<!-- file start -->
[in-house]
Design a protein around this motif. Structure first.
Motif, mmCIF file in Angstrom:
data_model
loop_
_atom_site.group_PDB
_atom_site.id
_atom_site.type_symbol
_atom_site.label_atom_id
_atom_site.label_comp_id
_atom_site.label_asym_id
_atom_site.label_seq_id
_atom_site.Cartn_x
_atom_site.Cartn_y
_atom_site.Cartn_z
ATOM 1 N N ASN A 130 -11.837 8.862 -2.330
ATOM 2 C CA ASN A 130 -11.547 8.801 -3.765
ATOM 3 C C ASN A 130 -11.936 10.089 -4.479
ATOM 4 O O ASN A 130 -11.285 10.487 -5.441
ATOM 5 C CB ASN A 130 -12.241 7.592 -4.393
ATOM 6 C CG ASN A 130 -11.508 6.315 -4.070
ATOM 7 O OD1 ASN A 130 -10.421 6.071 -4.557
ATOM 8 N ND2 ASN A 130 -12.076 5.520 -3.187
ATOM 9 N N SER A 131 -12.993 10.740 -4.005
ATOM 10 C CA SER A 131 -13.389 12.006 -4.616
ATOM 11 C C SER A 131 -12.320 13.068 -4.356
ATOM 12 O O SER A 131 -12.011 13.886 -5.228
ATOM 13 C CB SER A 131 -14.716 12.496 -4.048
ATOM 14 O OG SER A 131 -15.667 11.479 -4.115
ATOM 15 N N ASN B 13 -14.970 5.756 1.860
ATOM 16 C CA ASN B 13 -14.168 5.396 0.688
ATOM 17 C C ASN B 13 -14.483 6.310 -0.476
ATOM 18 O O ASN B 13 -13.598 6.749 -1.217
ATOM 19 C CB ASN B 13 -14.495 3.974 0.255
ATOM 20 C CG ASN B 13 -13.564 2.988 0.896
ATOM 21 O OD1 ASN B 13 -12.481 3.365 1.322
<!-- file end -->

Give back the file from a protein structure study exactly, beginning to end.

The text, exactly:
[in-house]
Design a protein around this motif. Structure first.
Motif, mmCIF file in Angstrom:
data_model
loop_
_atom_site.group_PDB
_atom_site.id
_atom_site.type_symbol
_atom_site.label_atom_id
_atom_site.label_comp_id
_atom_site.label_asym_id
_atom_site.label_seq_id
_atom_site.Cartn_x
_atom_site.Cartn_y
_atom_site.Cartn_z
ATOM 1 N N ASN A 130 -11.837 8.862 -2.330
ATOM 2 C CA ASN A 130 -11.547 8.801 -3.765
ATOM 3 C C ASN A 130 -11.936 10.089 -4.479
ATOM 4 O O ASN A 130 -11.285 10.487 -5.441
ATOM 5 C CB ASN A 130 -12.241 7.592 -4.393
ATOM 6 C CG ASN A 130 -11.508 6.315 -4.070
ATOM 7 O OD1 ASN A 130 -10.421 6.071 -4.557
ATOM 8 N ND2 ASN A 130 -12.076 5.520 -3.187
ATOM 9 N N SER A 131 -12.993 10.740 -4.005
ATOM 10 C CA SER A 131 -13.389 12.006 -4.616
ATOM 11 C C SER A 131 -12.320 13.068 -4.356
ATOM 12 O O SER A 131 -12.011 13.886 -5.228
ATOM 13 C CB SER A 131 -14.716 12.496 -4.048
ATOM 14 O OG SER A 131 -15.667 11.479 -4.115
ATOM 15 N N ASN B 13 -14.970 5.756 1.860
ATOM 16 C CA ASN B 13 -14.168 5.396 0.688
ATOM 17 C C ASN B 13 -14.483 6.310 -0.476
ATOM 18 O O ASN B 13 -13.598 6.749 -1.217
ATOM 19 C CB ASN B 13 -14.495 3.974 0.255
ATOM 20 C CG ASN B 13 -13.564 2.988 0.896
ATOM 21 O OD1 ASN B 13 -12.481 3.365 1.322